Seed capital is the initial funding needed to start a new business, and cover startup costs like business proposals and research. It also covers proof of concept, demonstrating that a business idea is feasible. Investors usually include friends, family, and people close to the business owner during this stage. Once a business is established after the seed stage, a company can get investments from venture capitalists, angel investors, and financial institutions. To gain a better understanding, it’s important to know how seed capital works.
What is Seed Capital?
The term seed capital refers to financing used to form a startup. Funding is provided by private investors—usually in exchange for an equity stake in the company or a share in the profits of a product. Much of the seed capital a company raises may come from sources close to its founders, including family, friends, and other acquaintances. The first stage of four funding stages for a startup to become an established business is obtaining seed capital.
A company that is first starting out may have limited access to funding and other sources. Banks and other investors may be reluctant to invest because it has no history or established track record, or any measure of success. Many startup executives often turn to people they know for initial investments—family and friends. This financing is referred to as seed capital. It can be—called seed money or seed financing—is referred to as such because it is money raised by a business in its infancy or early stages. It doesn’t have to be a large amount of money. Because it comes from personal sources, it’s often a relatively modest sum. Seed capital is often used to pay for: Business plan, market research, prototype development, equipment, marketing budget, legal cost, ect.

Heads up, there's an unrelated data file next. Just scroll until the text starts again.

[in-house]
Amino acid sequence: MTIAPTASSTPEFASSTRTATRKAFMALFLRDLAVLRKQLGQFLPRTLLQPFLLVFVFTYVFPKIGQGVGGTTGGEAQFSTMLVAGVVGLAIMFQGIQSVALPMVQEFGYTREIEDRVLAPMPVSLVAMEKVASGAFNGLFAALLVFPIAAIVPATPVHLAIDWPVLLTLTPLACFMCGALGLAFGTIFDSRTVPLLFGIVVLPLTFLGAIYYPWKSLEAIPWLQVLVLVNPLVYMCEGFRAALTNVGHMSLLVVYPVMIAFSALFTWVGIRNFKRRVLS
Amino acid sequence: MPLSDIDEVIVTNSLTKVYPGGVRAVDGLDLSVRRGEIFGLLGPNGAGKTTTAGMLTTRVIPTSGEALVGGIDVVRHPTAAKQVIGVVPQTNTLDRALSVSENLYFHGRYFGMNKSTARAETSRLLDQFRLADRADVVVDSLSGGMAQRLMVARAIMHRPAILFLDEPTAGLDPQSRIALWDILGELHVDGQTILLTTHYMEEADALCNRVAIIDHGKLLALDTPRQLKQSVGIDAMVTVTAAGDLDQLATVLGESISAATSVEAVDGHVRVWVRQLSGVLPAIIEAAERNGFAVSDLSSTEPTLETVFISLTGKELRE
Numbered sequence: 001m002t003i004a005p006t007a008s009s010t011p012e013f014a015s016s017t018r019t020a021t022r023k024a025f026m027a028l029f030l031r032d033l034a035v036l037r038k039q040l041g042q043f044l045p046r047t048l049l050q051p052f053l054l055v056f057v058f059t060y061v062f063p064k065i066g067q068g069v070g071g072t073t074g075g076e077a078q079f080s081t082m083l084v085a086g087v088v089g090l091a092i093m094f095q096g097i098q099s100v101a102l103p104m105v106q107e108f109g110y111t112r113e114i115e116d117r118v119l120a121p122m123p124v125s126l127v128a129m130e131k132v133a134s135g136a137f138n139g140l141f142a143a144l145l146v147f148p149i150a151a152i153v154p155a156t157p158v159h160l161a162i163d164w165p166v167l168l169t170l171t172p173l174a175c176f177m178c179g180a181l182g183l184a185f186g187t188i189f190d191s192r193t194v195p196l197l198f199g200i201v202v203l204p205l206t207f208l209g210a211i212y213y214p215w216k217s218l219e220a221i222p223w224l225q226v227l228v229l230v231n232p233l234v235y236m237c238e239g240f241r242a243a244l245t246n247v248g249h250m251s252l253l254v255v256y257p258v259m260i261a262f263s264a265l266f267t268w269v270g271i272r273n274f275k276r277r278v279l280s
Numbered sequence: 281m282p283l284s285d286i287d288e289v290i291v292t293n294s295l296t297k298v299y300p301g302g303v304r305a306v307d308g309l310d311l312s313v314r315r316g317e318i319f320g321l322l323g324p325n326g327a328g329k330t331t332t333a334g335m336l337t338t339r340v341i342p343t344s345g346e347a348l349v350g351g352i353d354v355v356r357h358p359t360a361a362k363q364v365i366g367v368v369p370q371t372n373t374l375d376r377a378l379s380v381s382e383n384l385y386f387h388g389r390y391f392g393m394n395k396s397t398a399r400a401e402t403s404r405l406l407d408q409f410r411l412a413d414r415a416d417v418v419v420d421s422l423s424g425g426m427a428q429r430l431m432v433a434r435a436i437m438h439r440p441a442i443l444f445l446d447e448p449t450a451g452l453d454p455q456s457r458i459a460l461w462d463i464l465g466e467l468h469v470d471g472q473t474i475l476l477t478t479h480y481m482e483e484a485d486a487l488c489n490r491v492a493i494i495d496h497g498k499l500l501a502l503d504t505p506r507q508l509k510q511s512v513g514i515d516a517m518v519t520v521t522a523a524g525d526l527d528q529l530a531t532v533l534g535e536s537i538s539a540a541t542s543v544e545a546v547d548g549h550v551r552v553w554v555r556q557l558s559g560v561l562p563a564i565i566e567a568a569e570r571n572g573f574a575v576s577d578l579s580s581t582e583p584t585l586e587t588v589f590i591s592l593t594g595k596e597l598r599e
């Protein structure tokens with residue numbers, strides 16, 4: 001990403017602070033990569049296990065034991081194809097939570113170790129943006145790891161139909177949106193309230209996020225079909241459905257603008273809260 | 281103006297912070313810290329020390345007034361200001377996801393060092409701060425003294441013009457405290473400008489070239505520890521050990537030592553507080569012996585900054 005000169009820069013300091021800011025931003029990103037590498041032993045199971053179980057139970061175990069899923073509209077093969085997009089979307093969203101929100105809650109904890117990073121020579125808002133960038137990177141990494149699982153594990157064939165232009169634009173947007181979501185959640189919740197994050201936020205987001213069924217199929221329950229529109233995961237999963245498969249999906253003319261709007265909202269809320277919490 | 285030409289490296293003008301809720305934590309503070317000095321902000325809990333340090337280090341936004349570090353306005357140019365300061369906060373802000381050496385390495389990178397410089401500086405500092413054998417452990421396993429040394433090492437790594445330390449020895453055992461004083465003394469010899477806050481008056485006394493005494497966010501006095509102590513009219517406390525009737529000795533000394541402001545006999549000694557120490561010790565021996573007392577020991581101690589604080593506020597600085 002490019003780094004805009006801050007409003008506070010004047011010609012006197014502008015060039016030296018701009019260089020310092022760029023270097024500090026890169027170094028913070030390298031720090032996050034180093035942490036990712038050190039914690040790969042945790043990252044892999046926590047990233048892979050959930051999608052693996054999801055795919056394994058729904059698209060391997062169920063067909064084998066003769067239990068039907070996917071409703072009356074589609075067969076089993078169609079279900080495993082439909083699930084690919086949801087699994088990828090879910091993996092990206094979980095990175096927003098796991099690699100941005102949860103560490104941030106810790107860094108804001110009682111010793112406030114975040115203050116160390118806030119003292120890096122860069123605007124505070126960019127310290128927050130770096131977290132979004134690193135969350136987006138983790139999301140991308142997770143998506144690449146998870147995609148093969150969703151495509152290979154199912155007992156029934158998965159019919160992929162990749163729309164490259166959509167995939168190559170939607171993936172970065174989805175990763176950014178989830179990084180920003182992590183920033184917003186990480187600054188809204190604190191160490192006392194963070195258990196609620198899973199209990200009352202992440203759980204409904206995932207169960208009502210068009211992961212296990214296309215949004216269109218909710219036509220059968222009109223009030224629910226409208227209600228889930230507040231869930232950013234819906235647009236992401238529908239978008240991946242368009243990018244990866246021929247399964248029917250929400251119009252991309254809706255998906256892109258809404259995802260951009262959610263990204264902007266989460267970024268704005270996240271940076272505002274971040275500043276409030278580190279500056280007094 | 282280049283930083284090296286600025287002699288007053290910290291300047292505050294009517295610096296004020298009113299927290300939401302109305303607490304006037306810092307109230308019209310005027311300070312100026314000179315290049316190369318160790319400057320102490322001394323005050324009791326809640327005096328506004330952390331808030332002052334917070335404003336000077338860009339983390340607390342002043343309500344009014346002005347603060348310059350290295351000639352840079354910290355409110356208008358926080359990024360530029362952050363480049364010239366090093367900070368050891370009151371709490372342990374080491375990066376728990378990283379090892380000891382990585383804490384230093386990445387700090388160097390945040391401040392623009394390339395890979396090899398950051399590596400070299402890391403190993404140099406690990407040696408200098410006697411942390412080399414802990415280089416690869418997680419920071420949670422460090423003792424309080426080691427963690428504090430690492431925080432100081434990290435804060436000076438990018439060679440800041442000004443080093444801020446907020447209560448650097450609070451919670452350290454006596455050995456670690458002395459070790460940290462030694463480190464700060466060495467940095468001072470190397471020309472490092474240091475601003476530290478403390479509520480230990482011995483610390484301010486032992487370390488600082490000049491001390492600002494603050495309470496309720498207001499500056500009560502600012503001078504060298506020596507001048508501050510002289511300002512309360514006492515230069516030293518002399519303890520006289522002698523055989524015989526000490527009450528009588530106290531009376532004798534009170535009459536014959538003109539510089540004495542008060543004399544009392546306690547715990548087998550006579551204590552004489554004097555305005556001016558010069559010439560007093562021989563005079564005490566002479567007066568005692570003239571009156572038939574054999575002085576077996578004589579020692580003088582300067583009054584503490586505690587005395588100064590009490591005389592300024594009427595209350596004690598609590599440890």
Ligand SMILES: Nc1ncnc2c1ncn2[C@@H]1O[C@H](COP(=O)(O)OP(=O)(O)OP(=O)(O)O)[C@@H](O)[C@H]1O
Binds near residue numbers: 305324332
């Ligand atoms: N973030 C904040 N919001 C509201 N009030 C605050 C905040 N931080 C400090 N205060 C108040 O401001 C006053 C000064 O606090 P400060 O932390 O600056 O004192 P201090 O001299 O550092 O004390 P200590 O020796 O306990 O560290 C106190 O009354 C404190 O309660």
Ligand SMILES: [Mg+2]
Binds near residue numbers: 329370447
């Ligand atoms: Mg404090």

How does it works?
An idea itself may not be enough to get investors or financial institutions interested in giving a business money, which is why seed capital plays a crucial role in legitimizing and solidifying a founder’s business concept. It can come from many sources: the founder’s own funds, their family and friends, angel investors, and even crowdfunding.
How to get itl?
Seed capital usually involves investments from friends and family, making it a unique way to start a company. Because of these personal relationships, seed capital can often be easier to gather than other types of capital. But it’s not always easy to convince people you know to loan you money or invest in your business idea. The best way to raise it is to present your business idea professionally, even if your investors are your close friends and family. It’s essential to set the terms of the investment exchange in writing and consider how much equity you’re willing to give away.
Example of Seed Capital
Alphabet, the parent company of Google, provided seed money to the Center for Resource Solutions in 2016 for a project to implement renewable energy certification programs in Asia.
Seed Capital vs Venture Capital
Seed capital and venture capital are often used as synonyms, and they tend to overlap. Seed capital is generally used to develop a business idea to the point that it can be presented effectively to venture capital firms that have large amounts of money to invest. If venture capital firms like the idea, they generally get a stake in the new venture in return for investing in its development. Venture capitalists provide the lion’s share of the money needed to start a new business. It is a considerable investment, paying for product development, market research, and prototype production. Most startups at this stage have offices, staff, and consultants, even though they may have no actual product.
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